Autogenic Training for reflex sympathetic dystrophy: a pilot study
Author(s):, , , , ,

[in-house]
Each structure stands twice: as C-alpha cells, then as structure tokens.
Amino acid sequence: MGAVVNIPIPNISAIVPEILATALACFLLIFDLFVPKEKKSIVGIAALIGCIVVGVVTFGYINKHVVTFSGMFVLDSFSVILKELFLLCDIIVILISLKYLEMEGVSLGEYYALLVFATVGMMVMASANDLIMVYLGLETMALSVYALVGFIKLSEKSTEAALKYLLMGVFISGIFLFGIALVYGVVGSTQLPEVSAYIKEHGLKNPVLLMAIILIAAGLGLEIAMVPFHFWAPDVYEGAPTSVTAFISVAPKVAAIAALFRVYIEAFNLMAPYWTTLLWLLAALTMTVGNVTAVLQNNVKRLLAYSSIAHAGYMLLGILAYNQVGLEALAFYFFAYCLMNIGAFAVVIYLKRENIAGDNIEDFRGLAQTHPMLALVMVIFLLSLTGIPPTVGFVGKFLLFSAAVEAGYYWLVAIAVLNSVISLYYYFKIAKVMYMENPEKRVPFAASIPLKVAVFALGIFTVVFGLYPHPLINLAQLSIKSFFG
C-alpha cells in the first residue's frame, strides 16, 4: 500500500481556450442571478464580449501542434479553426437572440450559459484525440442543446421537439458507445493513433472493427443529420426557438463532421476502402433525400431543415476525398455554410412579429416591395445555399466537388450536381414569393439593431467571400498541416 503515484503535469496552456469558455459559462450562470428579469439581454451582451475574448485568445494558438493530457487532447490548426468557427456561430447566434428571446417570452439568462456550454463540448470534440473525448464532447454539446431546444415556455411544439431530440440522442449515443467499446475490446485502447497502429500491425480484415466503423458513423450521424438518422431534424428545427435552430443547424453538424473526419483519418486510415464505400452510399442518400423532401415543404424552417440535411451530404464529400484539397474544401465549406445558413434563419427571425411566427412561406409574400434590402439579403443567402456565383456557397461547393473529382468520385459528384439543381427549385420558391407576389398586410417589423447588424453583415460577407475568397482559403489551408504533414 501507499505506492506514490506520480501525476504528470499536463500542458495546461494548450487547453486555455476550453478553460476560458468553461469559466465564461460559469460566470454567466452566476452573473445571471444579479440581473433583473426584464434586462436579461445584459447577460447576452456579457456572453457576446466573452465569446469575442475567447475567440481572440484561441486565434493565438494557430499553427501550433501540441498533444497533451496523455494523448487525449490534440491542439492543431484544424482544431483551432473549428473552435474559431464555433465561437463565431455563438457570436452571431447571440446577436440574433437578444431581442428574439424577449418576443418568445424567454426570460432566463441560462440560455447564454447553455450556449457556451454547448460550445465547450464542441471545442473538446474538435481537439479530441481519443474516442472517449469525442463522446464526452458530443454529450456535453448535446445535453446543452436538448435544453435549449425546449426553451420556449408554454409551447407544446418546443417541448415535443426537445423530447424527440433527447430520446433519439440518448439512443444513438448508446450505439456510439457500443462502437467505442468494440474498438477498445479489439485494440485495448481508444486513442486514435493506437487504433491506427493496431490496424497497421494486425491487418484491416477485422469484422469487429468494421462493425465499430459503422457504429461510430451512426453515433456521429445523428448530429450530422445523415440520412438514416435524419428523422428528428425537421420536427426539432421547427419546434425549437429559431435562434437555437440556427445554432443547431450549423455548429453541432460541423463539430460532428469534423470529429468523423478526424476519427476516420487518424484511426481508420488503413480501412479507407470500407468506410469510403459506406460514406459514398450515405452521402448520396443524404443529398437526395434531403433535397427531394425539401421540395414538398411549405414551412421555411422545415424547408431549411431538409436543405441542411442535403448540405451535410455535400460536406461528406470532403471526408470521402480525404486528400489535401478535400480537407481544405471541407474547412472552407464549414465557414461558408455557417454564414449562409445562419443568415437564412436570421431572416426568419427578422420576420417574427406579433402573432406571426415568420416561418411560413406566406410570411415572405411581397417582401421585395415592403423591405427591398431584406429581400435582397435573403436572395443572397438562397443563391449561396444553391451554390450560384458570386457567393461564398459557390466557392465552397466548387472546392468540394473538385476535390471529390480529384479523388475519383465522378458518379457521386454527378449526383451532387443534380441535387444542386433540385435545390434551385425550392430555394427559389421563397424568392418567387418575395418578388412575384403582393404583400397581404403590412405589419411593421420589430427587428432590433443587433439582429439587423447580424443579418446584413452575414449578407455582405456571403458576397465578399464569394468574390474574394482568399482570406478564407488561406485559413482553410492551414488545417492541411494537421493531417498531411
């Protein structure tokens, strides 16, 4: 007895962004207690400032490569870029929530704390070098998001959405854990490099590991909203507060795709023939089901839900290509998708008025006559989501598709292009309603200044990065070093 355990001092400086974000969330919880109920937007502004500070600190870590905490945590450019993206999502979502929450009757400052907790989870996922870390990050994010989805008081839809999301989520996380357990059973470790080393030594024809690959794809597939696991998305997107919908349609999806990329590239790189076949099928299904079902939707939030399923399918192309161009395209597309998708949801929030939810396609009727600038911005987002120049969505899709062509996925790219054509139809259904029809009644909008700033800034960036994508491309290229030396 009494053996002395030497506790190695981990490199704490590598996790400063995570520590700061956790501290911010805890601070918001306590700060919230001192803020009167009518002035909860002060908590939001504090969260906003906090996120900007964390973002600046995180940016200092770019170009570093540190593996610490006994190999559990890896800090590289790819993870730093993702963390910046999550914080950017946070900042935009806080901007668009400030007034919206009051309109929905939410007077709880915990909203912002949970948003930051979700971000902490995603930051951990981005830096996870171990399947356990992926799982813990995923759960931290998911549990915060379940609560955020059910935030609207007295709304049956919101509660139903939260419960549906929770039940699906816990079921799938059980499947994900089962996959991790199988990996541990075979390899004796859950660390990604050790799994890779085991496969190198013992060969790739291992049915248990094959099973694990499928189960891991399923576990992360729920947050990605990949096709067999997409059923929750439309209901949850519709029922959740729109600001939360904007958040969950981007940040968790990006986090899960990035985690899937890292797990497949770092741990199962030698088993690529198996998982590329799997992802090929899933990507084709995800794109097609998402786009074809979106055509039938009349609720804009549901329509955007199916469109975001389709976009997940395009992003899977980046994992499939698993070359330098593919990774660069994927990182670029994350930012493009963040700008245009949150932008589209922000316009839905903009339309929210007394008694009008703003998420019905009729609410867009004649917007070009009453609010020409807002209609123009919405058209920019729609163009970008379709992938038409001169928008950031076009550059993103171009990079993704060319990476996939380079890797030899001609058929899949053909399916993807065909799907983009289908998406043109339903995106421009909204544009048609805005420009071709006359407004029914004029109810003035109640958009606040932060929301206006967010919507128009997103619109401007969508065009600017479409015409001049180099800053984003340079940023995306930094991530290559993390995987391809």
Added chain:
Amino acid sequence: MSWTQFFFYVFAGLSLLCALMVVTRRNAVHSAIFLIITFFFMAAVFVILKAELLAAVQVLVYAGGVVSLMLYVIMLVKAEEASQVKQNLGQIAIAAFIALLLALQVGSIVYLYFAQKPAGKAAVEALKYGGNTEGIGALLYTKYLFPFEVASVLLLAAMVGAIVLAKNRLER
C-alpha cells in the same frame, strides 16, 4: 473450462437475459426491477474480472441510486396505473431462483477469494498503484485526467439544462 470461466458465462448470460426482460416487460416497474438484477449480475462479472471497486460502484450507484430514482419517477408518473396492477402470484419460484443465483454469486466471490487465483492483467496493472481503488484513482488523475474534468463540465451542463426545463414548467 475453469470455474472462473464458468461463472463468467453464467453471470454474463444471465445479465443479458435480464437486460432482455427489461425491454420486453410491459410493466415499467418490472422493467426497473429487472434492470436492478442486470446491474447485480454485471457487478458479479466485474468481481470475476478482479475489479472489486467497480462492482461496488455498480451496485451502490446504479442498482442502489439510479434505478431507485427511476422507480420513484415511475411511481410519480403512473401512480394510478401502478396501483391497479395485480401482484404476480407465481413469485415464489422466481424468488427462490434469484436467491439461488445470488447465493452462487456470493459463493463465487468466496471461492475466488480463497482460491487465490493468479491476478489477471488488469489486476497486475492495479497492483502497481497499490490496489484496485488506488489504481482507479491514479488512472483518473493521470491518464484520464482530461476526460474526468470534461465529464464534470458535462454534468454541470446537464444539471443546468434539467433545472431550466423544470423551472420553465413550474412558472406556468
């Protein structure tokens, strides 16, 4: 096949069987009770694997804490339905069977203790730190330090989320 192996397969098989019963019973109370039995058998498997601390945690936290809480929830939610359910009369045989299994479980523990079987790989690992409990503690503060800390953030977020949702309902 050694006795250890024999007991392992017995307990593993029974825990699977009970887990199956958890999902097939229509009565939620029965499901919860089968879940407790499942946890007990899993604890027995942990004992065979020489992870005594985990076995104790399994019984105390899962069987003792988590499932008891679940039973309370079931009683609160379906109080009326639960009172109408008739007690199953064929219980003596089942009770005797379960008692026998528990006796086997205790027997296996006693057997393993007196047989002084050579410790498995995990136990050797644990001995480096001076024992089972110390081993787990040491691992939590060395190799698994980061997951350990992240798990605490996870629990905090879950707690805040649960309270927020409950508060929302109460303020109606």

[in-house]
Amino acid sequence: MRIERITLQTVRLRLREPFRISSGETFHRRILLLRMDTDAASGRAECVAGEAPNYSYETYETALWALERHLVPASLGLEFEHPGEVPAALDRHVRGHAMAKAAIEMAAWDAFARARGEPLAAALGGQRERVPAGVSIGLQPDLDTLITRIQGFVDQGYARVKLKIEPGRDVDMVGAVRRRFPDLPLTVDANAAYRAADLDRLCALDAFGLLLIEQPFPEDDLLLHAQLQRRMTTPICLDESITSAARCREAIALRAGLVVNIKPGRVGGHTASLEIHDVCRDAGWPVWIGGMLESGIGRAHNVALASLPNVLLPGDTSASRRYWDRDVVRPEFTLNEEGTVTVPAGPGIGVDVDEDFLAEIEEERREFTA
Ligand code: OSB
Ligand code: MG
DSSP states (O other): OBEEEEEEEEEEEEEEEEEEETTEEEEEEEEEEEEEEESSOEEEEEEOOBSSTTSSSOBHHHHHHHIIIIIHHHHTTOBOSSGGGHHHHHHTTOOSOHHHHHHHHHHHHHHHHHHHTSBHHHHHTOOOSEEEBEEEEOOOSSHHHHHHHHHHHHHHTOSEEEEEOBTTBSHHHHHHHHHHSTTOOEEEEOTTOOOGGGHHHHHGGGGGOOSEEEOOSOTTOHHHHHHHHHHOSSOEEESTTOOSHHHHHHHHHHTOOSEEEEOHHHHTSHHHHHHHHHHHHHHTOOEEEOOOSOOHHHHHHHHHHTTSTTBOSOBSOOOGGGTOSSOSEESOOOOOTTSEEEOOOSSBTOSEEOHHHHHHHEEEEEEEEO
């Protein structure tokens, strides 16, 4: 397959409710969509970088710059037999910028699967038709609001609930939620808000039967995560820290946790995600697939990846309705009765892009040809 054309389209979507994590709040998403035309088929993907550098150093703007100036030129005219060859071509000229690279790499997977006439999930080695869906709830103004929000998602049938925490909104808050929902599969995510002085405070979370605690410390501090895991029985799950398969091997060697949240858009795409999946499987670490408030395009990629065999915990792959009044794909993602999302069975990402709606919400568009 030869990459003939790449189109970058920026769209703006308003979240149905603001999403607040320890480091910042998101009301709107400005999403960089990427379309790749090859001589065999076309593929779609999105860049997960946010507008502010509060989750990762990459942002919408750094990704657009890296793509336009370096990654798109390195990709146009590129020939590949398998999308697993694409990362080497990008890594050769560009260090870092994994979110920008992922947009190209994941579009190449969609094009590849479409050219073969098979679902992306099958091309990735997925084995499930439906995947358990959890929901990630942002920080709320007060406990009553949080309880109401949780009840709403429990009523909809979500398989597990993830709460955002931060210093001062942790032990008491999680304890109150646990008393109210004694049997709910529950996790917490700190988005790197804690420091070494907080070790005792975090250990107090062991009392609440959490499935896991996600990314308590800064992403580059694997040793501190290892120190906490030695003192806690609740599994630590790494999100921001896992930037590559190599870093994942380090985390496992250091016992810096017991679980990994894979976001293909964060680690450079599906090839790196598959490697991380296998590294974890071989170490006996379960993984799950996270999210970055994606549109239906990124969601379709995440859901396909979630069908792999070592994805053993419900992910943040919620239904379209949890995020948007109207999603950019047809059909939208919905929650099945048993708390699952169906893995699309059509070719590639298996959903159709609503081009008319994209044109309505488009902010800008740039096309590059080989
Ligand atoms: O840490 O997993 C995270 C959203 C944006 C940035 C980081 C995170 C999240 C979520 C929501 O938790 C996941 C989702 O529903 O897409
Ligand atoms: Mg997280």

Abstract: The aim of this investigation was to test the benefit of autogenic training in patients with reflex sympathetic dystrophy. Eighteen patients with reflex sympathetic dystrophy of the upper limb were recruited and randomized in Group A (autogenic training) and C (controls). All patients received home therapy, including elevation of the affected extremity, therapeutic exercise, and cryotherapy. In Group A, additional autogenic training was applied once a week for ten weeks. Before and at completion of this treatment period, patients underwent a clinical examination comprising measurements of limb volume, skin temperature and range of motion. In addition, pain was assessed by means of a visual analogue scale. The results show beneficial changes in both groups related to pain, range of motion and limb volume. Yet cross-sectional comparisons revealed no differences in these parameters. Only the changes in skin temperature showed significant inter-group differences. It is concluded that autogenic training may be helpful in certain aspects of reflex sympathetic dystrophy but its Potential value requires further study.